Comparing Delta and United’s competitive hub capacity

Curiosity got the better of me this weekend with respect to the capacity Delta and United Airlines have on flights from their own hubs to those of the other. And so I compiled a bit of data. I’m sure there are a couple errors in there as reading the timetables are a pain given the variation in aircraft and times throughout the week, plus I just picked a random week 10 days out, but I still think that some of the data is interesting.

Of the hub list only NYC is shared by the two (UA mostly at EWR; DL mostly at JFK & LGA) and that presents some interesting bits of data. Looking at seats from NYC to United hubs has UA winning without much trouble.


Comparing NYC to Delta hubs presents the same story, just told the other way (except for Chicago, where UA runs flights to both LGA and EWR from ORD) (not actually a DL hub; ignore that line in the chart).


For the rest of the airports Delta is mostly in the dominant position in terms of seats flown. No surprise in Atlanta, for example.


Nor in Detroit, Minneapolis or Salt Lake City.




Seattle used to be something resembling a United focus city and Delta is building it up as a hub but United still has more seats to most of its hubs than Delta does. In this regard it is something of an outlier in the data.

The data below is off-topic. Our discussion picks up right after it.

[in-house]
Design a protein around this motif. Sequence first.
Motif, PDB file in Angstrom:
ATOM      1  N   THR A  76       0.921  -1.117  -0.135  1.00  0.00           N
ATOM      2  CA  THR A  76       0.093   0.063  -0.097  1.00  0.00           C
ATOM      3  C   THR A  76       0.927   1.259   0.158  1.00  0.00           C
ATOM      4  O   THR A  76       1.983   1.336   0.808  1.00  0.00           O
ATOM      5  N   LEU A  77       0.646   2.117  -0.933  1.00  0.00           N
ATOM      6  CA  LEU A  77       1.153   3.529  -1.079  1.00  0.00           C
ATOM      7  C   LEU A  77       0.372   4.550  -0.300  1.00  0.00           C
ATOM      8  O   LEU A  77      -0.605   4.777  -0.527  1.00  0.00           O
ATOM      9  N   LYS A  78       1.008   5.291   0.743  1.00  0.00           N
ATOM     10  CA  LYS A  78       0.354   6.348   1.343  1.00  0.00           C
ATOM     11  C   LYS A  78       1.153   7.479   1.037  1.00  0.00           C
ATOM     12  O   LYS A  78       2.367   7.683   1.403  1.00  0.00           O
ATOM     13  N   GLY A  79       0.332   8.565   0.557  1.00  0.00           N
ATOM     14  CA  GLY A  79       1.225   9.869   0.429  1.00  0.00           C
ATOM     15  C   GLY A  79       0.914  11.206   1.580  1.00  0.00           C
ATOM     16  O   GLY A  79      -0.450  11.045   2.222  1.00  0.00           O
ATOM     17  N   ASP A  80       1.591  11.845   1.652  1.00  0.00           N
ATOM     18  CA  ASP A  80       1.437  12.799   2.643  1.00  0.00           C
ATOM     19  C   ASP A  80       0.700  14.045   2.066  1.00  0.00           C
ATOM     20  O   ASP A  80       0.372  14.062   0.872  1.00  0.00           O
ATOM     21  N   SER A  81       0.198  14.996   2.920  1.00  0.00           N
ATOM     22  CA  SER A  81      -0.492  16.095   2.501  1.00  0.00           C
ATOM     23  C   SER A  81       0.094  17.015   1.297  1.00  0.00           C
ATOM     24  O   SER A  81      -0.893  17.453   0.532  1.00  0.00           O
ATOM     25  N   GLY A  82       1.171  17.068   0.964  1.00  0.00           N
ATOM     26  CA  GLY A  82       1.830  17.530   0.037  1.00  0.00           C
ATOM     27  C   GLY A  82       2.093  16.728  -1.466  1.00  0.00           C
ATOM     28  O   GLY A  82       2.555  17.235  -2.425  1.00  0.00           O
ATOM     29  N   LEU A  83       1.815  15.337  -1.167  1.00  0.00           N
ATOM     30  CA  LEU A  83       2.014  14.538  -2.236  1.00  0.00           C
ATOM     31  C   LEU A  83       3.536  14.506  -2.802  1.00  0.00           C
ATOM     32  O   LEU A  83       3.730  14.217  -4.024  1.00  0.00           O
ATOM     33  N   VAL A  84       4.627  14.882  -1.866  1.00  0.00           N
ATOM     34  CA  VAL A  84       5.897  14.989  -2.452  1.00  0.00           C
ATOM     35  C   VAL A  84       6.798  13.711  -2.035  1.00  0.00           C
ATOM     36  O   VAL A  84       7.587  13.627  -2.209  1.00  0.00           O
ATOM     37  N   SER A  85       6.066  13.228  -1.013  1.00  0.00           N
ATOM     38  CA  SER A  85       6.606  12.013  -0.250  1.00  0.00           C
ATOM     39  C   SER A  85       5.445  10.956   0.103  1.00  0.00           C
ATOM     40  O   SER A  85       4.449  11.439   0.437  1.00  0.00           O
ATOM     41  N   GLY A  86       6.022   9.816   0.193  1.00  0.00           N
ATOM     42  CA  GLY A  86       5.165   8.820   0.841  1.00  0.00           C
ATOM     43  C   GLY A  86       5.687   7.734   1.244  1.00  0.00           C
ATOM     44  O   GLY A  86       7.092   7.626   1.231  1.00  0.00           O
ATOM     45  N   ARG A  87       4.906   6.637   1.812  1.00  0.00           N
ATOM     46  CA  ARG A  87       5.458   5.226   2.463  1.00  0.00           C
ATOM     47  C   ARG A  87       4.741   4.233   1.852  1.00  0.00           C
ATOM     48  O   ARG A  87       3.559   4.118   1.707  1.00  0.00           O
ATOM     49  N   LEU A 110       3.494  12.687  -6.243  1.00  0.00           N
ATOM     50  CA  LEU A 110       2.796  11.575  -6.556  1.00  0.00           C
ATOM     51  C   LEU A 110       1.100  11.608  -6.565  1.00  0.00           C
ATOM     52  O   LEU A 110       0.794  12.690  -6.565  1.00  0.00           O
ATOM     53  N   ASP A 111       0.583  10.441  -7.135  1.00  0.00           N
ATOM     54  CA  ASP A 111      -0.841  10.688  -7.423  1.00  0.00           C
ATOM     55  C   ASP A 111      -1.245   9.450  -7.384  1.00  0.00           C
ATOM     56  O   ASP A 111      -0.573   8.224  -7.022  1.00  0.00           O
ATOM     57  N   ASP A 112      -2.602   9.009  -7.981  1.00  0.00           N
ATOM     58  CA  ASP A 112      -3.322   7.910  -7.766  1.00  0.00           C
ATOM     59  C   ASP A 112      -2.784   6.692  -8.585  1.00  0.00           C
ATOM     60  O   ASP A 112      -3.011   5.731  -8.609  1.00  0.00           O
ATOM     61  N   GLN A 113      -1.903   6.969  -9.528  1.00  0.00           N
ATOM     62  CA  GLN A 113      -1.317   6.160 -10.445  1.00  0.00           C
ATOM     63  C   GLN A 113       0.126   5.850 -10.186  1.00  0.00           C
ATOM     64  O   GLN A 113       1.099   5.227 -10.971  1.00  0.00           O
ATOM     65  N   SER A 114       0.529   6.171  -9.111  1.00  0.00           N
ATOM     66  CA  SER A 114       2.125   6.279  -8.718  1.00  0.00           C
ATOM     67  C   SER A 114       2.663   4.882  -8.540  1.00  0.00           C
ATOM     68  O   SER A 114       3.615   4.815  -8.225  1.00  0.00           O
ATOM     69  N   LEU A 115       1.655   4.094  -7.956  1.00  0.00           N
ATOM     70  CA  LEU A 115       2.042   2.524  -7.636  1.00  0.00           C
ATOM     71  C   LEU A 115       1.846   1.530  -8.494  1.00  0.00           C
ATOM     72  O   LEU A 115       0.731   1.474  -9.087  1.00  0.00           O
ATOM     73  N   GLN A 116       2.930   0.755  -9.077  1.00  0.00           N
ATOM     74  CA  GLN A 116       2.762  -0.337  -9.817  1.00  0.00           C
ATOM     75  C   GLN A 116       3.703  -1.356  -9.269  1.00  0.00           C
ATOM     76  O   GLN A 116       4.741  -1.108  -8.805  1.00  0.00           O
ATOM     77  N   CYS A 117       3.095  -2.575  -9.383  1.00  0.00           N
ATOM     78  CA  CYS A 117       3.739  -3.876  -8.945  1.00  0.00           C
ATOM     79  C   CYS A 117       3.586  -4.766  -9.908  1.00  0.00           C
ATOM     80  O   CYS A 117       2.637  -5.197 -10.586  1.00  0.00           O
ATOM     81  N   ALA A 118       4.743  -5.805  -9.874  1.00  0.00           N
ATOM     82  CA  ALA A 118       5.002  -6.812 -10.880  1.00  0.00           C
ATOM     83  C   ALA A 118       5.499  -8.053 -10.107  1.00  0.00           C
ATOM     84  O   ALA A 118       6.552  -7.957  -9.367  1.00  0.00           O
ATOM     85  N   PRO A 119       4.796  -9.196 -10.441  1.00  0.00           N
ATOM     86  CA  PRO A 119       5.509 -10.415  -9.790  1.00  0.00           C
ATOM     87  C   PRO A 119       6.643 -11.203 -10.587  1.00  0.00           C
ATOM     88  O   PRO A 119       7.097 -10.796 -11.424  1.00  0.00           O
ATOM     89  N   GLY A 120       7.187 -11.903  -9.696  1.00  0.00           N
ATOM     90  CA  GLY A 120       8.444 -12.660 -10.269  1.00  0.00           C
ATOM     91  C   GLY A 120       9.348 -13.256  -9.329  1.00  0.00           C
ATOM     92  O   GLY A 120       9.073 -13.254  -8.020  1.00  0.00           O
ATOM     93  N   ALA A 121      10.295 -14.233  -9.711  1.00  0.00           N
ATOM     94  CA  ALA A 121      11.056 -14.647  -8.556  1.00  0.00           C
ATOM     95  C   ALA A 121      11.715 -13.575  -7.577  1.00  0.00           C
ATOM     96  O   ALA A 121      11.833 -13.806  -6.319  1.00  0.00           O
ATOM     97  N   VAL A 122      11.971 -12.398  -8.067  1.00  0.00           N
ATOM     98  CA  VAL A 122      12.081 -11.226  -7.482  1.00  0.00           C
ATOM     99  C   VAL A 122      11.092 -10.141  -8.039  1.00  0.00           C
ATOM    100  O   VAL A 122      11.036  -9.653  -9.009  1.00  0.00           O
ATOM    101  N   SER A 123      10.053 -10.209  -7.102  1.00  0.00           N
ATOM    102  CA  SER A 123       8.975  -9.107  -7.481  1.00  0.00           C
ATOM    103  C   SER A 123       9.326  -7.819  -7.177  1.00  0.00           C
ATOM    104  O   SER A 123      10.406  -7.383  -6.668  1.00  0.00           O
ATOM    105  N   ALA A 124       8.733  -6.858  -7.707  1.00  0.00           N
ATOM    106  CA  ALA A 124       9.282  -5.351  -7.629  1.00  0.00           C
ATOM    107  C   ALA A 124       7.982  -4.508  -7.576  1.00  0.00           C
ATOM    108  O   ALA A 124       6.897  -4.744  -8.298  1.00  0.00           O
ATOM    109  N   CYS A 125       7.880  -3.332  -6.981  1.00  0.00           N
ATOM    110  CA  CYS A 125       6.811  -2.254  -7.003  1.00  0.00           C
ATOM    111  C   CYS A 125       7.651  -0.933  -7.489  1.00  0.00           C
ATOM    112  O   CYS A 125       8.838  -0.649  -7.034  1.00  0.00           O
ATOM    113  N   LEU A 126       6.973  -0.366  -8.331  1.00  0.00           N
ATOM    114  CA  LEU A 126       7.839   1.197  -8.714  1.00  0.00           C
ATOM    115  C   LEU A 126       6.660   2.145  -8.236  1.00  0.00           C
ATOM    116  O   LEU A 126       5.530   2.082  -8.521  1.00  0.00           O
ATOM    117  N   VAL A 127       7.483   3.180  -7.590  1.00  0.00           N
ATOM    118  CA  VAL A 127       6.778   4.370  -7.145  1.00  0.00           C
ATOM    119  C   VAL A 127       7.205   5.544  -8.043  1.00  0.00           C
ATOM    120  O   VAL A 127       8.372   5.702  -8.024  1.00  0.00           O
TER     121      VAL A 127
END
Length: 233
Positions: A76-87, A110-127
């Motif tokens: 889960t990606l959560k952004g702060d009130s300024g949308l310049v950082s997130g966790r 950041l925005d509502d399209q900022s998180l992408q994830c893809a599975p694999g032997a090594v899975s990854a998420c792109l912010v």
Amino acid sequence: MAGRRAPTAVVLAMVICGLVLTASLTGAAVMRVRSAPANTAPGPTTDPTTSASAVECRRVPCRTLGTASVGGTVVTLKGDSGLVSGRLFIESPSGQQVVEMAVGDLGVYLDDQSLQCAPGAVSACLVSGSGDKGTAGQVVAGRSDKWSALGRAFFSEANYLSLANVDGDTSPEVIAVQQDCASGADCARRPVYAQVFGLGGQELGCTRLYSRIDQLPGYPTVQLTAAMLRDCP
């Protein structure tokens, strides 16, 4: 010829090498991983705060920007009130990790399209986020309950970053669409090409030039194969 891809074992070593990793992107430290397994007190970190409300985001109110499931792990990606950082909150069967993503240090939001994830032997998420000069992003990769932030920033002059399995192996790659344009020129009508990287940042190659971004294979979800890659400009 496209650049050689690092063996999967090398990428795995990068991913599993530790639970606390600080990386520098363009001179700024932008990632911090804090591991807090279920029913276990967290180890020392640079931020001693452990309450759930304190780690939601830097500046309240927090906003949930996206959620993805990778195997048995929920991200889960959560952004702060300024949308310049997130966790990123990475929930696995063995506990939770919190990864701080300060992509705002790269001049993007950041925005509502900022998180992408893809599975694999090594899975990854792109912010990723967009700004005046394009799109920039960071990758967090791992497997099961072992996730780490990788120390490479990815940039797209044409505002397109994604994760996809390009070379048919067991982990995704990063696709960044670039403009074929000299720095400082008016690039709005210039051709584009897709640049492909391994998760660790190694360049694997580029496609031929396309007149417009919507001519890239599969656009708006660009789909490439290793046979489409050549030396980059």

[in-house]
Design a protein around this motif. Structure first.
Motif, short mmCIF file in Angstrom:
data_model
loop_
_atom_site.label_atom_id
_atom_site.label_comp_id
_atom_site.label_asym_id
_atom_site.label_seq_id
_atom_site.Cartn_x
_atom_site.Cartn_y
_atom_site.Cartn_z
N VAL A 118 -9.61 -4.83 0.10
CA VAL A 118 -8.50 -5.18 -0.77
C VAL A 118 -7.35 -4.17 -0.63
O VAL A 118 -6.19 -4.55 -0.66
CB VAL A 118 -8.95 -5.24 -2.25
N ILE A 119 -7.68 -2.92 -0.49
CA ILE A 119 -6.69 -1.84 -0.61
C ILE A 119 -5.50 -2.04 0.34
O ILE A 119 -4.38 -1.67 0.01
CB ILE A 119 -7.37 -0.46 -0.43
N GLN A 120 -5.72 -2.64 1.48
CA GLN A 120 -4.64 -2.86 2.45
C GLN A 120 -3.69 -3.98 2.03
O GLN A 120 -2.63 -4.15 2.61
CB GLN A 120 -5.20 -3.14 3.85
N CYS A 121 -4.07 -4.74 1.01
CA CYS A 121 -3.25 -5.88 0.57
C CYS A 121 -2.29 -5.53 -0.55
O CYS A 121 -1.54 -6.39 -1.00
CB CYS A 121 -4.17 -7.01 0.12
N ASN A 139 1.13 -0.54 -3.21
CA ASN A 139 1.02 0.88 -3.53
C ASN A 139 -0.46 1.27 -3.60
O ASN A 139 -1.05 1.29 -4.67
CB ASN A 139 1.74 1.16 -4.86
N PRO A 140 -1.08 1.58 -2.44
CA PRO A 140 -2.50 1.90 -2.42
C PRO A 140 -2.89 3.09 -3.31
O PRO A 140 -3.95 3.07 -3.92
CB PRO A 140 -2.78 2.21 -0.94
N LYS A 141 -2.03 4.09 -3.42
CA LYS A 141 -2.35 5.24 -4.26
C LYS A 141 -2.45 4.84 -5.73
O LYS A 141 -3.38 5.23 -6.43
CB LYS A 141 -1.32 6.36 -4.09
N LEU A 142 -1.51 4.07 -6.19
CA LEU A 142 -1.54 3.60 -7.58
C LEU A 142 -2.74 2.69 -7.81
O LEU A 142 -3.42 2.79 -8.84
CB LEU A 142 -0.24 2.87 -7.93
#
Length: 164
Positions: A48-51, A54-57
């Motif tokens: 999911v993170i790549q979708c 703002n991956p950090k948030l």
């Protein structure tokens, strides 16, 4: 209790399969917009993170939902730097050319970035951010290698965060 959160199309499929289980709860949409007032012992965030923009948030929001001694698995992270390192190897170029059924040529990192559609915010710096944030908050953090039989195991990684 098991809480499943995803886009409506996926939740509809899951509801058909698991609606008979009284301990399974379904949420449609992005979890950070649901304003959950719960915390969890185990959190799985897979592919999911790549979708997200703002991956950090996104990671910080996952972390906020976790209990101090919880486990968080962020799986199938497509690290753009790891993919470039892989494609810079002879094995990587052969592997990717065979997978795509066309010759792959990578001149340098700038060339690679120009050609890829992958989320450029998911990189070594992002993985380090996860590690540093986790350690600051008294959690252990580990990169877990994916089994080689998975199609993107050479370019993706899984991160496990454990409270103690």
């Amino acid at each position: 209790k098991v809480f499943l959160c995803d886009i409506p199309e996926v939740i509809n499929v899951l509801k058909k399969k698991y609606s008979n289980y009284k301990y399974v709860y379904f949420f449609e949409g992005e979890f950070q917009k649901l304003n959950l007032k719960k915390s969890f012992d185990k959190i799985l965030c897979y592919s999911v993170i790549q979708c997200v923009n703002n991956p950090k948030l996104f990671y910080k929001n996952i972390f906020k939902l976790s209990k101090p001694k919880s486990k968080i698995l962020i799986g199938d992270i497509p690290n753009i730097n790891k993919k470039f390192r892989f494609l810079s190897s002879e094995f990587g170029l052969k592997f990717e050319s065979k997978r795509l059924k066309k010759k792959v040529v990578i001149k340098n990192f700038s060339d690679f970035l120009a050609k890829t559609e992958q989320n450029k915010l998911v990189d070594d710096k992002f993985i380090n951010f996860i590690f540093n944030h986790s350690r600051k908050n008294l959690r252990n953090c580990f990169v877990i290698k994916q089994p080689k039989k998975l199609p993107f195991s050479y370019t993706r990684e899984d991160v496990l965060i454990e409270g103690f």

And then there’s Cincinnati, a station Delta still calls a hub despite having mostly eviscerated the capacity there. United has more lift than Delta to many of its hub cities there.


So that’s some of the data, but I also happen to wonder why it is this way. Why does Delta have more lift to United’s hubs than the other way around? The short answer is that I have no idea, but I do have a theory. Generally speaking United’s hubs are bigger cities with more potential passengers which means a higher load of folks who are starting or ending their trip in the hub rather than connecting onwards. To make their hubs work Delta needs more connection traffic to fill the long-haul planes. MSP has 46% connecting passengers, similar to EWR as of 2012. Houston Intercontinental was around 53% in 2013. LAX was much lower at 38% in 2011.


For Atlanta the number of connecting passengers is even higher, hovering near 70% in recent years. While that is expected to decrease slightly as Southwest changes its market strategy it should be noted that AirTran was already below the average which means Delta’s numbers were higher than that.